Scout Leader Lessons from the Wrong Side of the Road


This year, my wife and I traveled to the UK on vacation. Since we wanted to visit several cities (and quite a few villages), we rented a car.

Now, you probably know that Brits drive on the left side of the road, but you may not know that they have roundabouts at most intersections and lots of narrow roads boxed in by head-high hedges. At one point, we were on a road so narrow that we could literally reach out either side of the car and touch the hedges. And that was a two-lane road! (Bonus tip: never drive down a road marked “unsuitable for HGVs,” which stands for heavy goods vehicles.)

But what really got my attention was something I wasn’t prepared: how fast things seemed to be coming at me. It felt like the world had switched to fast-forward. I barely had time to read the often-cryptic road signs, shift gears, pick the correct lane in the roundabouts, absorb what my GPS was trying to tell me, and avoid the hedges and oncoming trucks. By day three or four, however, the world had slowed down to more or less normal speed, and I began to enjoy the adventure.

Upon reflection, I realize I probably felt the way all new drivers feel–and the way our Scouts feel when they try to master a new skill for the first time, whether that’s cooking over an open fire or planning a troop meeting. As Scoutmaster, I often got frustrated when my patrol leaders’ council would take 20 minutes–20 minutes!–to decide which patrol would do the opening and closing at a single troop meeting or when a patrol would take two hours to cook a simple breakfast of pancakes and bacon (and another hour to wash the dishes). But I now realize I was looking at their world through my eyes.

Does that ever happen in your troop? Perhaps you should think about how you become more patient when you see a student driver on the road and imagine your Scouts wearing signs that say “camp cook in training” or “apprentice leader.” If you do that, I can guarantee that the world will quickly slow down to normal speed for them, just like it did for me in the UK.

Need more great troop program ideas? Check out The Scoutmaster’s Other Handbook, which is available in both print and e-book formats at


When It’s Better NOT to Light a Candle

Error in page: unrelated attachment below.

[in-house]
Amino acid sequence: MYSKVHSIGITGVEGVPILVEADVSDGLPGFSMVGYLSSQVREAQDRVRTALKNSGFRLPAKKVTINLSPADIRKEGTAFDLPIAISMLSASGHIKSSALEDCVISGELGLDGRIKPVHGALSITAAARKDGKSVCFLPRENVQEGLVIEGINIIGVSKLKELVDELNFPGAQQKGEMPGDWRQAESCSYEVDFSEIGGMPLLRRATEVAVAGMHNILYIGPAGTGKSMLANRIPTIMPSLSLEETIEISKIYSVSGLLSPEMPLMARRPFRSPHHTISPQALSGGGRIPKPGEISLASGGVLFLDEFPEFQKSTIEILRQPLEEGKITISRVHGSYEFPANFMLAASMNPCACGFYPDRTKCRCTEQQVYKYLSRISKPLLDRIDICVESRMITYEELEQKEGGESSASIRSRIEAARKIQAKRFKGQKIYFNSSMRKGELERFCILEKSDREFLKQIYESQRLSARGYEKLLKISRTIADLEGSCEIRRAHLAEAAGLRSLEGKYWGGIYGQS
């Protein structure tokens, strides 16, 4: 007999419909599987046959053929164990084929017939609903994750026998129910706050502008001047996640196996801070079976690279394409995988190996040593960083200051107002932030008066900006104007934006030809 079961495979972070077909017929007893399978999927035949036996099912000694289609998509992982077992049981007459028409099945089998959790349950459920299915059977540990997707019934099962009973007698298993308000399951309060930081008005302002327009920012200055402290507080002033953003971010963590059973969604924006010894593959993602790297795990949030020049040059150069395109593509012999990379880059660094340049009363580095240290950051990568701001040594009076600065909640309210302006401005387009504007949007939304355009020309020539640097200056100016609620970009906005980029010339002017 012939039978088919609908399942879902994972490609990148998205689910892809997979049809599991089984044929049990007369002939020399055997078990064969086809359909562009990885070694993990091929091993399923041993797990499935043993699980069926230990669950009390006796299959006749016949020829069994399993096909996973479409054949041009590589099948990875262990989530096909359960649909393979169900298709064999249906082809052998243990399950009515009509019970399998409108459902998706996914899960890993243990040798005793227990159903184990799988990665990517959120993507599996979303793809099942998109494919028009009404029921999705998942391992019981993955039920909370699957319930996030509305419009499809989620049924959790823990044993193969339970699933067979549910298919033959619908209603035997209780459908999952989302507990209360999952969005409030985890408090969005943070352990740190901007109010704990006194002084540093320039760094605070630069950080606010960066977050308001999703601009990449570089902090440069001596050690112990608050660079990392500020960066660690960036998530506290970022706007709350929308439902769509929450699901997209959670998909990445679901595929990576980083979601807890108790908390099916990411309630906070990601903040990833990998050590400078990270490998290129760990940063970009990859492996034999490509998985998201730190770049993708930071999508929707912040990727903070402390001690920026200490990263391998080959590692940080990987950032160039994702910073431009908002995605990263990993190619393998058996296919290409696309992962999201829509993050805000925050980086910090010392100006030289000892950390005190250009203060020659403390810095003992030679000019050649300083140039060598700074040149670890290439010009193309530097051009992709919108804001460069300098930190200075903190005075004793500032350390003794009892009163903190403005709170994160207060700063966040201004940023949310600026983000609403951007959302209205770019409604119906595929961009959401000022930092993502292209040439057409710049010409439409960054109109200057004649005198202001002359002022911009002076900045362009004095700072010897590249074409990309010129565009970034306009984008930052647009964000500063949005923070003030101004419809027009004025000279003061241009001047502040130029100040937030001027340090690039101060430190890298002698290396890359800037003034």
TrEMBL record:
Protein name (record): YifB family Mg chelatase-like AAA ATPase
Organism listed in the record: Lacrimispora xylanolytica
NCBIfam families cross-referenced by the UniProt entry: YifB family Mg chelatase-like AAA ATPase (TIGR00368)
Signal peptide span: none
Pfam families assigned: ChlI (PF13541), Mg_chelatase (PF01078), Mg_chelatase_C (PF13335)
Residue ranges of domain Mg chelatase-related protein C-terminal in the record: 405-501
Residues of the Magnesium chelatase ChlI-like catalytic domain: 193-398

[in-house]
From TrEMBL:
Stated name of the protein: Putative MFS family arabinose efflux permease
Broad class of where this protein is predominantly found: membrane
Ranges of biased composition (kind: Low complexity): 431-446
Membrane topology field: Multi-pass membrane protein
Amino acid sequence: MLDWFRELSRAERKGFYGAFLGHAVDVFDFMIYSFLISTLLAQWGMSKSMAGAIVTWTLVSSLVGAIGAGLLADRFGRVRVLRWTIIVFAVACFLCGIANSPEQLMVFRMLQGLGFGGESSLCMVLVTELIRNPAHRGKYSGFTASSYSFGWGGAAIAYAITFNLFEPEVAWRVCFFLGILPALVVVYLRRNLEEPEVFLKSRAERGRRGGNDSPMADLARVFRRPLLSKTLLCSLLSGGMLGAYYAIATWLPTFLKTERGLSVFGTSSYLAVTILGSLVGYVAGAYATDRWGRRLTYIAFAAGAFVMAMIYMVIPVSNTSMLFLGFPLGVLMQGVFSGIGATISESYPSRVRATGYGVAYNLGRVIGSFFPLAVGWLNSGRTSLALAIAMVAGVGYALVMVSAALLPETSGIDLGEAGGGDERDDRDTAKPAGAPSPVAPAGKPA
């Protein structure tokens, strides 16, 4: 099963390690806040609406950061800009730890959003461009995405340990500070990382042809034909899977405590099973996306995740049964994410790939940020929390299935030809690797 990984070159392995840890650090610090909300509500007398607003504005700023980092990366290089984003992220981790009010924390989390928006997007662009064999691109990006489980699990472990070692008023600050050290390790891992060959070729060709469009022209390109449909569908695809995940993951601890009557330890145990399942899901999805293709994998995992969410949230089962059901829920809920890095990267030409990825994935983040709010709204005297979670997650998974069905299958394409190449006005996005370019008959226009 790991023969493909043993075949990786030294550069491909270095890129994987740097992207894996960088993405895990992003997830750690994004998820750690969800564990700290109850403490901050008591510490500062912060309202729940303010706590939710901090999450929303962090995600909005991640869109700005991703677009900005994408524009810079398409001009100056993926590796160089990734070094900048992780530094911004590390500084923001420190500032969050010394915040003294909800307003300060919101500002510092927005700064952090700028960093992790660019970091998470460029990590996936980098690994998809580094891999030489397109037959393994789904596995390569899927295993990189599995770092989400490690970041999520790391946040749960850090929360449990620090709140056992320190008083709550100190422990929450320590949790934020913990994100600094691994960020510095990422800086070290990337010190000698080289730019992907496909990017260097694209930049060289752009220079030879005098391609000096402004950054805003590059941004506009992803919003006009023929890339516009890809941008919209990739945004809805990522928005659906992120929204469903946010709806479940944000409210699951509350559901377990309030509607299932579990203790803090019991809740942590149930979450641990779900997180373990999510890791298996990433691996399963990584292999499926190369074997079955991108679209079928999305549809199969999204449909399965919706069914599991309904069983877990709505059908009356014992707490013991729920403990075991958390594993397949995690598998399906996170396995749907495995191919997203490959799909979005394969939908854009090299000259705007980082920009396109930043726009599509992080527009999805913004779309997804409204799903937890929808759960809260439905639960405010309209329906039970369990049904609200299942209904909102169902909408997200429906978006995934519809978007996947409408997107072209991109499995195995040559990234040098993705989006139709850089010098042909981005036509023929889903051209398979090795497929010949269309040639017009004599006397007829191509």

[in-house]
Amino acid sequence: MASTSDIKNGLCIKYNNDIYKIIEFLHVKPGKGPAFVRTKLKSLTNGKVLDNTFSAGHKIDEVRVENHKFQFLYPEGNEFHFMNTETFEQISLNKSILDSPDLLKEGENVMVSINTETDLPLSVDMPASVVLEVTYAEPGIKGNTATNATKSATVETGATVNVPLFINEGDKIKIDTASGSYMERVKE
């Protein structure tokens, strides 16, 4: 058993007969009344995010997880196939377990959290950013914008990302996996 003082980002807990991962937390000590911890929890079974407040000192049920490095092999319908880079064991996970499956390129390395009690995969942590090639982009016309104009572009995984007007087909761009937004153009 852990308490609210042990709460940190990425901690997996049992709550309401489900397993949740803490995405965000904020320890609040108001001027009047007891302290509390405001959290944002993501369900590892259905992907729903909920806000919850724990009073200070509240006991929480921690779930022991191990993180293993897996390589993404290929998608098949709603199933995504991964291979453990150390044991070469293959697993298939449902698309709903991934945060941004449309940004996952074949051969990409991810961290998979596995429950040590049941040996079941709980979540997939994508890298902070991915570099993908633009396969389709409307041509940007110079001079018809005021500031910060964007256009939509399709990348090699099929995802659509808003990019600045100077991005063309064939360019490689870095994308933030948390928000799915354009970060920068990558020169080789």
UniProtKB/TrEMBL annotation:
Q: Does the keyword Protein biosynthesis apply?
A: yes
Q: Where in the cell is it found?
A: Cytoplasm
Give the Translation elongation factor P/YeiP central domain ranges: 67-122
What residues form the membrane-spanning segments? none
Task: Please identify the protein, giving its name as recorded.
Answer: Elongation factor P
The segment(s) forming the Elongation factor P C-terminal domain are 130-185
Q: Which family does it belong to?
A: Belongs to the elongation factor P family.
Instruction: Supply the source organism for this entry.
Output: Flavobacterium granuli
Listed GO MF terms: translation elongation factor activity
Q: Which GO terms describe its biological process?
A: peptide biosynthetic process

“It is better to light a candle than to curse the darkness.”

Lots of people have been credited with that saying, including Confucius and Eleanor Roosevelt, and there’s certainly plenty of wisdom packed into those dozen words. But sometimes it’s better not to light a candle–and I don’t mean just when you’re worried about setting off a smoke detector.

Recently one of my readers wrote to me looking for ideas for using an unlit candle in an Eagle court of honor. His goal was to use the candle to represent the future potential of the ceremony’s honoree.

Here’s what I came up with:

Earlier this evening, Scouts lit the candles you see here on this table as a reminder of the principles of the Scout Oath and Scout Law, principles that shine brightly in the heart of our honoree. But there’s one more candle on the table, and it remains unlit. It represents the journey our honoree is beginning today. No one can know where his journey will take him, who he will serve along the way, or how he will live as an Eagle Scout. But one thing is sure: When he lights this candle, he will help to illuminate some of the dark places in our world. He will exemplify the old proverb that it’s better to light a candle than to curse the darkness and these familiar words from the Bible: “The light shines in the darkness, and the darkness has not overcome it.”

Feel free to use or adapt this language for your next court of honor. And let me know what you think; I’m always interested in hearing from you.

What? You don’t have a copy of The Eagle Court of Honor Book yet? Click the title to order one now in either print or Kindle format. When you do, I think you’ll agree with the reader who said, “The information is insightful and a welcome addition for our parents preparing for their sons’ ceremony. It is well organized and easy to follow. It flows like a river.”